CBS’ recent official merger with Viacom gives the TV staple big influence as it transitions into a smart, diverse streaming business strategy.
Instead of niche marketing and investing only in one particular area of cord-cutting, CBS came out Thursday with the intent to really stand out. ViacomCBS President & CEO Bob Bakish explained the company would straddle paid subscriptions and ad-supported, free content, per a CNBC interview:
What we’re in the middle of now…is putting together one integrated company with one integrated strategy. We will do that in the streaming space, as well. What I can tell you is the strategy will be differentiated. How will it do it? It’ll span free and pay. If you want the widest accessible consumer base, you have to do that.CNBC (h/t Cord Cutters News)
It’s all a little confusing to sort through who owns what between Viacom and CBS. Although the corporate strategy seems a little divided at the minute, it might be best for the merger’s long-term health.
Staying active amid rapid change
It’d be easy for decision-makers at Viacom and CBS to sort through their differences before proceeding with a more unified streaming strategy. In this day and age, though, they recognize they don’t have that luxury.
One thing is clear thus far: CBS All Access isn’t going to compete with the likes of Netflix, Amazon or even Disney+ at this juncture. There simply isn’t enough content beyond the back catalog of TV shows to be appealing that way.
But that’s what’s smart about their approach. This leads to the second bit of news from Thursday…
Free streaming for local CBS News
Another big development: CBS News announced that a local CBS News affiliate in Minnesota launched a 24/7 free streaming service, per Cord Cutters News.
What’s more: additional local affiliates will enjoy the same services beginning early this coming year. Those markets include Philadelphia initially, and then later Baltimore, Chicago, Dallas-Ft. Worth, Denver, Miami, Pittsburgh and Sacramento.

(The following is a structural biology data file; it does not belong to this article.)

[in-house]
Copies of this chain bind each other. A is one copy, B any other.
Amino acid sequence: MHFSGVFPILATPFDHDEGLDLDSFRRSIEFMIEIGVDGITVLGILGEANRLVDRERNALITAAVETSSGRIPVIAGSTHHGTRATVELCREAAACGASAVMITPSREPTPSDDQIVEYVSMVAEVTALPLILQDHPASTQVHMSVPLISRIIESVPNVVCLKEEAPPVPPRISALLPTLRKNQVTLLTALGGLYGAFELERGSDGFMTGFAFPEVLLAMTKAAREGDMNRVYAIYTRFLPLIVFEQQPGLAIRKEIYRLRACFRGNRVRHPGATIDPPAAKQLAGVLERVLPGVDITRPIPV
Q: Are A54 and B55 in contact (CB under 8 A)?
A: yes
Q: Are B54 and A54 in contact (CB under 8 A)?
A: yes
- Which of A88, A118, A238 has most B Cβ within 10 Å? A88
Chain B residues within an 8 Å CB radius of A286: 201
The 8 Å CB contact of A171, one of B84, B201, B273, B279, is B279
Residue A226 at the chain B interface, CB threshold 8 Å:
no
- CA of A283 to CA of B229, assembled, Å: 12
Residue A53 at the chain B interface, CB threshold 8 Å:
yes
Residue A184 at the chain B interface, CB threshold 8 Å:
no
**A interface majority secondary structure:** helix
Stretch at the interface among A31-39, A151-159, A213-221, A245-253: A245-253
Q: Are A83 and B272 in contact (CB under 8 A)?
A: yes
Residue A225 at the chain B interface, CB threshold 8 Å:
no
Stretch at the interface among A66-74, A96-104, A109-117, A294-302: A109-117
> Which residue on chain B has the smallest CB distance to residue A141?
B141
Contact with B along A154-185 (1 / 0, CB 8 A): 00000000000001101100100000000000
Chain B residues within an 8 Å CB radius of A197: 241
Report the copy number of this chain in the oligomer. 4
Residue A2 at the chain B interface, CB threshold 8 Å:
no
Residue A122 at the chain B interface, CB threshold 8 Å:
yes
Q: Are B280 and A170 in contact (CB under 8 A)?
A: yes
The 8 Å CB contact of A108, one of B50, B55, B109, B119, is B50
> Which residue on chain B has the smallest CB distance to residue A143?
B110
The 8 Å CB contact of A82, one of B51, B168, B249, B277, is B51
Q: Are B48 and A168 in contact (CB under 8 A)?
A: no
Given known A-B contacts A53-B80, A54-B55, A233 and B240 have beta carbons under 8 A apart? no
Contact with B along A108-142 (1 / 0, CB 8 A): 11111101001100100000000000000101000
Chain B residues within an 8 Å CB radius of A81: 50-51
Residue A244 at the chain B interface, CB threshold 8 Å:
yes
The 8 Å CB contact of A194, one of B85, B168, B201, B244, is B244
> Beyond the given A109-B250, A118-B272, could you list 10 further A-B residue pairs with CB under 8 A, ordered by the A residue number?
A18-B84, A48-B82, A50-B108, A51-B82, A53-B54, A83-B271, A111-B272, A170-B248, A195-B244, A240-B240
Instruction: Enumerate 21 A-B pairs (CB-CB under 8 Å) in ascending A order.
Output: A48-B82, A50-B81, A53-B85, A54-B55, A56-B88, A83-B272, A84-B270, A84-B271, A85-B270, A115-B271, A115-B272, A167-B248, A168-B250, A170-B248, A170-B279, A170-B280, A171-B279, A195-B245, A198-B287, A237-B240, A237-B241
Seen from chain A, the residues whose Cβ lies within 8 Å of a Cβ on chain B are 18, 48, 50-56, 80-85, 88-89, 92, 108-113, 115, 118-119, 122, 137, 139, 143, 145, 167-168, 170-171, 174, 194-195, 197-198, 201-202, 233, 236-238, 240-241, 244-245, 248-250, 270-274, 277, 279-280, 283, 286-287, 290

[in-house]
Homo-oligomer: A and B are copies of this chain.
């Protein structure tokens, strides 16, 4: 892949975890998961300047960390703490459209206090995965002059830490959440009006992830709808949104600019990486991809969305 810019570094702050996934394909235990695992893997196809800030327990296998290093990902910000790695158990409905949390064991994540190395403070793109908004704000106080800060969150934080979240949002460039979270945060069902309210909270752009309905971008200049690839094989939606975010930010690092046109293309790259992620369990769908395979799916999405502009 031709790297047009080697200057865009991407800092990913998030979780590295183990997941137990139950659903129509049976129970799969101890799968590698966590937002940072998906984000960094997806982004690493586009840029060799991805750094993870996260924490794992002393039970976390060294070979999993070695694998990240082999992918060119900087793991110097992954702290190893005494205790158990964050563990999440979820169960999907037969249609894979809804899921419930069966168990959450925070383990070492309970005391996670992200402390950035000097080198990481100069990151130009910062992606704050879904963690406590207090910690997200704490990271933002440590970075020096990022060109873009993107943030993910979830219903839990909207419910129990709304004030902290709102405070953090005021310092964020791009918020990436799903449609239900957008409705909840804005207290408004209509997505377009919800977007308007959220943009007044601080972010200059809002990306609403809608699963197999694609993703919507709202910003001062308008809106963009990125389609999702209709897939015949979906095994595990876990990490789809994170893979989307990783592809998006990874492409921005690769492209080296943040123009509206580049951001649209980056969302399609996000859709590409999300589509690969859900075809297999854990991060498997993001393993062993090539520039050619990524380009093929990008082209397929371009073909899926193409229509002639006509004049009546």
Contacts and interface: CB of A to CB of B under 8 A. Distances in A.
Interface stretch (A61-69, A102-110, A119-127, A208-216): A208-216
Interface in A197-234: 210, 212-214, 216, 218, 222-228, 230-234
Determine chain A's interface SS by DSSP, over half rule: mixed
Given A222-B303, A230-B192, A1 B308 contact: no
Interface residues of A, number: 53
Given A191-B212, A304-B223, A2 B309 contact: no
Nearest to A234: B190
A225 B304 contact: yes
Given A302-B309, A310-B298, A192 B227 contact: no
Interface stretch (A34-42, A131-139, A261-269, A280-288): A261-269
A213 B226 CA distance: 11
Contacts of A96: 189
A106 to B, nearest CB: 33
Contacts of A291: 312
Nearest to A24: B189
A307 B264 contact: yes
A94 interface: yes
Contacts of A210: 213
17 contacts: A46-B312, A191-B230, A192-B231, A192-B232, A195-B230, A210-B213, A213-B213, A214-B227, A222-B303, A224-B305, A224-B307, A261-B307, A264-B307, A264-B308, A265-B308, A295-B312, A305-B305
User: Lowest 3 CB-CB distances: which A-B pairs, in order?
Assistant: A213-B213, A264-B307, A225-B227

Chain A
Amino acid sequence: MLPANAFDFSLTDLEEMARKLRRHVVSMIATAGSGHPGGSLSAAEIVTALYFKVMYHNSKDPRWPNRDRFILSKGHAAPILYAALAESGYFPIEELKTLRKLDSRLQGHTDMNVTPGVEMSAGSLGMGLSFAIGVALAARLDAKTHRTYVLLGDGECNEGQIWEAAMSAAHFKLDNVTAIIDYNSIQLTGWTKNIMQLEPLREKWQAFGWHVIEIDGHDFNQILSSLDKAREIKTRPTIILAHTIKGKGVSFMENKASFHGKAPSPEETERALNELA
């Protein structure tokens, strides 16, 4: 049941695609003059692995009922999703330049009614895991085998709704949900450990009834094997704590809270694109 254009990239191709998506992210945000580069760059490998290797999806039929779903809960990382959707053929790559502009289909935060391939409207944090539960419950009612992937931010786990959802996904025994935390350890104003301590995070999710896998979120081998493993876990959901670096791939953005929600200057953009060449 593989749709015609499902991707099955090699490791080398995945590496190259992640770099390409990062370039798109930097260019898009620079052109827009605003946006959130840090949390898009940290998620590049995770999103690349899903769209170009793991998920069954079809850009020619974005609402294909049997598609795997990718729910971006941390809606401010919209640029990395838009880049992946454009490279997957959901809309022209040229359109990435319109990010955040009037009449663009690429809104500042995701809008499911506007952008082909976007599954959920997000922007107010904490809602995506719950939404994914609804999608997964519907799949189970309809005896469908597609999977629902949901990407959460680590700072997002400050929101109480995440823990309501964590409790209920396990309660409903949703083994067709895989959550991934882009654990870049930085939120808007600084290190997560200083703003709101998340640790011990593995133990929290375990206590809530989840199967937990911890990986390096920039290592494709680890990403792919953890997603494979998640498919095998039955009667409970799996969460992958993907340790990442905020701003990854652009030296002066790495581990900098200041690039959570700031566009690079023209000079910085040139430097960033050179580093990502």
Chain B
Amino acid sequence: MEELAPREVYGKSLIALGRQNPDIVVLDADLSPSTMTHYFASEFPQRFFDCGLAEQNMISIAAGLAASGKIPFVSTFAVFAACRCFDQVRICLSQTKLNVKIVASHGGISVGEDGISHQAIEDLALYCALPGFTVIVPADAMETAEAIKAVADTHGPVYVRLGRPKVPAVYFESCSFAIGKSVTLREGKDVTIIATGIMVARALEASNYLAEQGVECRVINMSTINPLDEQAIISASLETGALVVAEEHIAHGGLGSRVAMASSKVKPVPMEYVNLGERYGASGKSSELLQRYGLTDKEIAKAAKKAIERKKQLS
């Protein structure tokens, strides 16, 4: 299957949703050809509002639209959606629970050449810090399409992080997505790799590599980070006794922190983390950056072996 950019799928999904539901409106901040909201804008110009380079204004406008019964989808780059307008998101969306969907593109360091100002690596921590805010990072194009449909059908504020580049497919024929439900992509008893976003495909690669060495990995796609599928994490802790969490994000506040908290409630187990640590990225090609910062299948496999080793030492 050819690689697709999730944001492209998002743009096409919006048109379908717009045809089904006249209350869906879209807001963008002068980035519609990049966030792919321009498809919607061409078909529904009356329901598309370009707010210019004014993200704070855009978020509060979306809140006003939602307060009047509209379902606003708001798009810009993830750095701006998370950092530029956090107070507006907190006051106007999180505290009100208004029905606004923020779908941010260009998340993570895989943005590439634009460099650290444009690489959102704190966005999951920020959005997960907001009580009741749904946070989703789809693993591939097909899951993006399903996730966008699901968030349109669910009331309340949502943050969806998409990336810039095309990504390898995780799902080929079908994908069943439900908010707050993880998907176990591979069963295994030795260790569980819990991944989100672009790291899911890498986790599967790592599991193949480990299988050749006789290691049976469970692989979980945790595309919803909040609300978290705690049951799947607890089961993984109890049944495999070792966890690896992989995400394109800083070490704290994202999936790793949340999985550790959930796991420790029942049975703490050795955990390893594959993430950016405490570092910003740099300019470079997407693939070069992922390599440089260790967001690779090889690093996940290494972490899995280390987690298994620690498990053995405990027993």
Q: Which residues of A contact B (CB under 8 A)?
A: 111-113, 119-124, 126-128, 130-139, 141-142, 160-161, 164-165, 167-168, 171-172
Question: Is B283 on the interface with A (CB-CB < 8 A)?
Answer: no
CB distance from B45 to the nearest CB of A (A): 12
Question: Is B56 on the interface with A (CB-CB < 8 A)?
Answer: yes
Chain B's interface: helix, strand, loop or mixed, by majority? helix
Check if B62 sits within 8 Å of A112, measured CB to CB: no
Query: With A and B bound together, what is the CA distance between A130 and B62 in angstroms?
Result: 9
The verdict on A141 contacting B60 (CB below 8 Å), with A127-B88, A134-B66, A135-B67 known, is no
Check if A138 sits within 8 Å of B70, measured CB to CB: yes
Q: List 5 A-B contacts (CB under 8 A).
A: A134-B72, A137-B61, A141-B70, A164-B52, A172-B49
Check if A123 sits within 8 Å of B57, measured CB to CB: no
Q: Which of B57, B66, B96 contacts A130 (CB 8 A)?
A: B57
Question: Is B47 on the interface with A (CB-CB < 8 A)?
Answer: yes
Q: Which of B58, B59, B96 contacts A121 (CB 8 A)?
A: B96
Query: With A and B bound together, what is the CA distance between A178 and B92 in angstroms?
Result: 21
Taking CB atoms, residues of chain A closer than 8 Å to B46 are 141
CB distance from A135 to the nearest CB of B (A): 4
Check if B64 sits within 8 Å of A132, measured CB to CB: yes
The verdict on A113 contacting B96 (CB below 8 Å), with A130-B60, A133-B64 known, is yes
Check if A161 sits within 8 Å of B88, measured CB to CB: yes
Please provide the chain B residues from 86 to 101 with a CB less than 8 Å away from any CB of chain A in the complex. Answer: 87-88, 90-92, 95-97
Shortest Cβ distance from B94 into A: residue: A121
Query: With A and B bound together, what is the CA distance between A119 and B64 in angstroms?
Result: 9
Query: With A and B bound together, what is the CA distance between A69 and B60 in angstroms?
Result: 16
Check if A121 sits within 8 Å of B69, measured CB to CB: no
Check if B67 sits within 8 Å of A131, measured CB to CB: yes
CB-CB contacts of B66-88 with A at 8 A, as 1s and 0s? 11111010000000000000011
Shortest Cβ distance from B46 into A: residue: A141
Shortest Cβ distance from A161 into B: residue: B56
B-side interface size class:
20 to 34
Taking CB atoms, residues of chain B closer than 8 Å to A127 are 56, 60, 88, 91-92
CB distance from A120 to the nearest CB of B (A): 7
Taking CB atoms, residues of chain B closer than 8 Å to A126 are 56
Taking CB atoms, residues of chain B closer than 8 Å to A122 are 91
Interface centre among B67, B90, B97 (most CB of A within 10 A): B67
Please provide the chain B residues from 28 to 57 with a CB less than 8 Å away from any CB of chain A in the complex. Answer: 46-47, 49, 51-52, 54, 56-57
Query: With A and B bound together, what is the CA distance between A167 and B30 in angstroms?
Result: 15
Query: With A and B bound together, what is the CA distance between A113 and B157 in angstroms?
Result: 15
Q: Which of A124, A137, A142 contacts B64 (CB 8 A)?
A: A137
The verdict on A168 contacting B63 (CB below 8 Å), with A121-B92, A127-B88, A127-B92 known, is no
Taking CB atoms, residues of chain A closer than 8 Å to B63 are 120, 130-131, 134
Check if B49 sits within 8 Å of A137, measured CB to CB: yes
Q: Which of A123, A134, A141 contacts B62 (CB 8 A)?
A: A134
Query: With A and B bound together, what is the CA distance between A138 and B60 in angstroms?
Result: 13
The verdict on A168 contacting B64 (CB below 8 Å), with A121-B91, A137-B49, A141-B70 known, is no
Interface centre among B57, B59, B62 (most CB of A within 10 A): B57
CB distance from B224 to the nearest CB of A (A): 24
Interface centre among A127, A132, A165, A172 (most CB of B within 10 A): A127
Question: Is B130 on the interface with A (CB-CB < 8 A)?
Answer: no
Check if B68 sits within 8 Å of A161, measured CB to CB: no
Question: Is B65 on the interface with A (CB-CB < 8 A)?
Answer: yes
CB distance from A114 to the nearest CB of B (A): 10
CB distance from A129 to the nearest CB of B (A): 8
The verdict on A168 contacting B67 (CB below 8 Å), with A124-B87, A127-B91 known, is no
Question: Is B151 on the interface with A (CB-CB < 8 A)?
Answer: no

These services will blend local and national news, so it hits all kinds of different consumer needs.
CBS isn’t resting on laurels and its history of greatness on pay TV. Bakish and Co. appear determined to be a big presence in this new era of home entertainment.
How does Pluto TV figure into the equation?
The free streaming TV service is ad-supported and focuses primarily on broadcast television. It’s a great alternative to pay TV and traditional cable subscription plans. But it’s been under Viacom, which deviates from CBS in that it caters content to younger audiences.
Pluto TV could ultimately become the home for these CBS News local streaming affiliates. As of last month, the service claimed to have 20 million users.
Could this also be where CBS All Access is ultimately housed? Then, of course, CBS has excellent TV deals with the NFL and the Southeastern Conference for major college sports, basketball and football.
Now that everything’s all under one umbrella at ViacomCBS, consolidation is much easier. Even though there’s a lot for corporate leadership to sort through in navigating streaming’s future, Viacom and CBS should become major players due to their embracing both AVOD and SVOD.
This could ultimately be a win for consumers — and where streaming eventually goes. Having a catch-all price point that pales in comparison to pay TV deals is what every cord-cutter wants. This is a compelling, multifaceted strategy of spending on original content that could be groundbreaking in the best way.
The more ViacomCBS moves in this direction and embrace their prior parent companies’ differences, it figures to be in great shape once an “integrated strategy” as Bakish puts it, is in place.